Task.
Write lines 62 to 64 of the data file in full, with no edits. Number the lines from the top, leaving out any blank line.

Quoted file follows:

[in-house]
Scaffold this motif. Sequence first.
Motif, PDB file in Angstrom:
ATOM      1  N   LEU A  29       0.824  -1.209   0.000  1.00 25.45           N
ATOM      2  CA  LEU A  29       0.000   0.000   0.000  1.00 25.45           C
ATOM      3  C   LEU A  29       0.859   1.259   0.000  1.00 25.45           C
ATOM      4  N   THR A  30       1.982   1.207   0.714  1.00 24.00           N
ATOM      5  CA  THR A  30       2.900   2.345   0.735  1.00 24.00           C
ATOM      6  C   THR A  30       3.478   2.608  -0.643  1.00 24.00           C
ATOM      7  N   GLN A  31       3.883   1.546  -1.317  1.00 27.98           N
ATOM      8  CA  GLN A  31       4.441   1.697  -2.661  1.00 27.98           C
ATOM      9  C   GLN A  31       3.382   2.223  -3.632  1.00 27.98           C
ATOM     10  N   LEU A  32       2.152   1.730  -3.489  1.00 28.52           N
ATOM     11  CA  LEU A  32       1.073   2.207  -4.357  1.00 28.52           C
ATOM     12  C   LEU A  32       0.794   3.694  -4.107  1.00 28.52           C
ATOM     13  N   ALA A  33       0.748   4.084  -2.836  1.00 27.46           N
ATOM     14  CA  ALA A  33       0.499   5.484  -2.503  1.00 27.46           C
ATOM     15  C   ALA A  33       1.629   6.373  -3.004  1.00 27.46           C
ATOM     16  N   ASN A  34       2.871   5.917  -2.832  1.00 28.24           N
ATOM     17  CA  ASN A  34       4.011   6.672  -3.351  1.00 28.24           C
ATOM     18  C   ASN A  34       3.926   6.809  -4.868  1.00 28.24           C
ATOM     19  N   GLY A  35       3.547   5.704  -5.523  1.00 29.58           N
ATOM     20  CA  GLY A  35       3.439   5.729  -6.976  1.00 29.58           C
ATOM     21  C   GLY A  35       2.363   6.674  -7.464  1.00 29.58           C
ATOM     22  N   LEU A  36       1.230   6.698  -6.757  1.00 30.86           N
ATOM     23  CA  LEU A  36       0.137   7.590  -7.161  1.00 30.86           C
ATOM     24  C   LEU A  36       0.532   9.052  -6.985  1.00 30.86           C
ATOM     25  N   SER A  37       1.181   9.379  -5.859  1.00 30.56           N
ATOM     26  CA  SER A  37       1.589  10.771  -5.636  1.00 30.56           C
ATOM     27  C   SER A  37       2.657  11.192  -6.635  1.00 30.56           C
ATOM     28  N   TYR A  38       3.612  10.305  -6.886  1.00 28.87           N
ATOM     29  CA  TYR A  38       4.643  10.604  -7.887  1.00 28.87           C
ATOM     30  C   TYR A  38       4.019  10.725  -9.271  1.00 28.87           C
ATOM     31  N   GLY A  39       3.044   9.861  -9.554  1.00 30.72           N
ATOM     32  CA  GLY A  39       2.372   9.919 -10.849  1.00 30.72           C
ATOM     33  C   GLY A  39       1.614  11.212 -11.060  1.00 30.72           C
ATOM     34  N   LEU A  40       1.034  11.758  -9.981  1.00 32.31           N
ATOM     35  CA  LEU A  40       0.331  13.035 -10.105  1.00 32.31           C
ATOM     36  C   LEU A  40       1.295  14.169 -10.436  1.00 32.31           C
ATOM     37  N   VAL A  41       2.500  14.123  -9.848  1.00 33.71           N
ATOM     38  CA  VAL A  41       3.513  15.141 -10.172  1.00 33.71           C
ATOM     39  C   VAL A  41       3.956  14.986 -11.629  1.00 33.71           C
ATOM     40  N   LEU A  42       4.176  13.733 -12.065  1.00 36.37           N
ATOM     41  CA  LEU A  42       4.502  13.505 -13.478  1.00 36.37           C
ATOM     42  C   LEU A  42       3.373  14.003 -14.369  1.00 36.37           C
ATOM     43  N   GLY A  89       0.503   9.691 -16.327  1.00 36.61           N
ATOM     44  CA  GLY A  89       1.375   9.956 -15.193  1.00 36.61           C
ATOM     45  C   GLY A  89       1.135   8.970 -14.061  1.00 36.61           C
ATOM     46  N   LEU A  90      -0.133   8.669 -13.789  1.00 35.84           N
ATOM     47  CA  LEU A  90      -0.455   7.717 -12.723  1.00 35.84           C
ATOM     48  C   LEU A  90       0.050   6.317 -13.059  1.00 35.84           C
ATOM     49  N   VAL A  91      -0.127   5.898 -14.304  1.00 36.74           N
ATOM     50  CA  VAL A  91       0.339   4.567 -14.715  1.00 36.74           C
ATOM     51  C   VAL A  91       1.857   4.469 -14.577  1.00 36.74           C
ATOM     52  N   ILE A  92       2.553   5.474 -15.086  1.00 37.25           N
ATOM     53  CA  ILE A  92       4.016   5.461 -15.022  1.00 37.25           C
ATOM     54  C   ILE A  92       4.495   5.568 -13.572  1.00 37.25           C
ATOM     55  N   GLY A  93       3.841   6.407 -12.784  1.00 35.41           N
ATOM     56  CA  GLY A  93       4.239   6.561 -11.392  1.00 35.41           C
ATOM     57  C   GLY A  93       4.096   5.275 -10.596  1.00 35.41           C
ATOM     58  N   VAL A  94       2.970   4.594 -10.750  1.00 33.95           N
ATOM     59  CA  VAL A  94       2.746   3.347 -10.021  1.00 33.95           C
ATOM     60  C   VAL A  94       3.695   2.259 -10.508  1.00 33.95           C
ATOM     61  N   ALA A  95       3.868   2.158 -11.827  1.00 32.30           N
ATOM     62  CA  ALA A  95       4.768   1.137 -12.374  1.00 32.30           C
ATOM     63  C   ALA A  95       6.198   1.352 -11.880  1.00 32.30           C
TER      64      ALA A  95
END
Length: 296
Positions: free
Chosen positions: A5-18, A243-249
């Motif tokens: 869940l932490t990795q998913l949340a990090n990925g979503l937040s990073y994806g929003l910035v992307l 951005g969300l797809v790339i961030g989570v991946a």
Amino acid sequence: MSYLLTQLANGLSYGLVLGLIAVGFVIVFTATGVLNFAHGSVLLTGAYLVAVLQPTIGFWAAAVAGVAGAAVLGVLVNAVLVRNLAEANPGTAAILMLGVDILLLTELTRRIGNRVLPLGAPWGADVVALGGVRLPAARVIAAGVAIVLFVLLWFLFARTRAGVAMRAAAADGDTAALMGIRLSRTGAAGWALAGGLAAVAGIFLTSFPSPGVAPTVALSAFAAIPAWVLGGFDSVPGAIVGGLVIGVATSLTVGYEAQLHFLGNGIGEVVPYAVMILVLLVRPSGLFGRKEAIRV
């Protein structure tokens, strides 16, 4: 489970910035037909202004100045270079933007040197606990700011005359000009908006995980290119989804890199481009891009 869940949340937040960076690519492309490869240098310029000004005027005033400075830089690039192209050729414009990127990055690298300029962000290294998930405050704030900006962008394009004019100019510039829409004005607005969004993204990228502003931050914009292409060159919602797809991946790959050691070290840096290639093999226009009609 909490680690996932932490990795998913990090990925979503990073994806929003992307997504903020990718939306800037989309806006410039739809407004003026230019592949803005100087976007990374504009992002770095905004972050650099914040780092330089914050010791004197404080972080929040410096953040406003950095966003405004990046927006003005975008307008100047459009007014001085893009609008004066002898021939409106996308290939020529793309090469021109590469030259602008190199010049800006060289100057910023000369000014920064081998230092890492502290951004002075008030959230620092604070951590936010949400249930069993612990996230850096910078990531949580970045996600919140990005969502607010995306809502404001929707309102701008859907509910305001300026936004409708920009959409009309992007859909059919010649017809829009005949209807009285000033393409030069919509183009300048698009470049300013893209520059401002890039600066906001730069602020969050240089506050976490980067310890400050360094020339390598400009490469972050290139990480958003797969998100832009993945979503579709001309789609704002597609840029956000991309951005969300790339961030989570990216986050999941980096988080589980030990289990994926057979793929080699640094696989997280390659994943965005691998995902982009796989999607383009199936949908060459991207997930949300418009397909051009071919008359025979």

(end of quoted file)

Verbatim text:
ATOM     59  CA  VAL A  94       2.746   3.347 -10.021  1.00 33.95           C
ATOM     60  C   VAL A  94       3.695   2.259 -10.508  1.00 33.95           C
ATOM     61  N   ALA A  95       3.868   2.158 -11.827  1.00 32.30           N